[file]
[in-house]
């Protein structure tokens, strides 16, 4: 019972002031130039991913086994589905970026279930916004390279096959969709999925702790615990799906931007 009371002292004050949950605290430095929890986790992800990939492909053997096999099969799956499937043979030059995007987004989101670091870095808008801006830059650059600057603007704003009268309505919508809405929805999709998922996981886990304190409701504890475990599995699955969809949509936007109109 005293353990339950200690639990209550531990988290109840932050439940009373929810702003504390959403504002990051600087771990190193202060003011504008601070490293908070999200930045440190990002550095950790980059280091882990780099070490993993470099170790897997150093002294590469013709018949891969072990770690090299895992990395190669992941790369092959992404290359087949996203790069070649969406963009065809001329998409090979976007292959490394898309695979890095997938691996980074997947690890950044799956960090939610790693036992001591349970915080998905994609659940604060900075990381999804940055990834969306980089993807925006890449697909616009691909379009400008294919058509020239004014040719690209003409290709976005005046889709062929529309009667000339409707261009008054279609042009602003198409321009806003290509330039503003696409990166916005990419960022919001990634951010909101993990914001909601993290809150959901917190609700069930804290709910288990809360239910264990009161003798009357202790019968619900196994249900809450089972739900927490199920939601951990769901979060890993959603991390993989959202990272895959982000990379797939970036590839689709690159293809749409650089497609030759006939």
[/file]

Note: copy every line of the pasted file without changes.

[in-house]
């Protein structure tokens, strides 16, 4: 019972002031130039991913086994589905970026279930916004390279096959969709999925702790615990799906931007 009371002292004050949950605290430095929890986790992800990939492909053997096999099969799956499937043979030059995007987004989101670091870095808008801006830059650059600057603007704003009268309505919508809405929805999709998922996981886990304190409701504890475990599995699955969809949509936007109109 005293353990339950200690639990209550531990988290109840932050439940009373929810702003504390959403504002990051600087771990190193202060003011504008601070490293908070999200930045440190990002550095950790980059280091882990780099070490993993470099170790897997150093002294590469013709018949891969072990770690090299895992990395190669992941790369092959992404290359087949996203790069070649969406963009065809001329998409090979976007292959490394898309695979890095997938691996980074997947690890950044799956960090939610790693036992001591349970915080998905994609659940604060900075990381999804940055990834969306980089993807925006890449697909616009691909379009400008294919058509020239004014040719690209003409290709976005005046889709062929529309009667000339409707261009008054279609042009602003198409321009806003290509330039503003696409990166916005990419960022919001990634951010909101993990914001909601993290809150959901917190609700069930804290709910288990809360239910264990009161003798009357202790019968619900196994249900809450089972739900927490199920939601951990769901979060890993959603991390993989959202990272895959982000990379797939970036590839689709690159293809749409650089497609030759006939």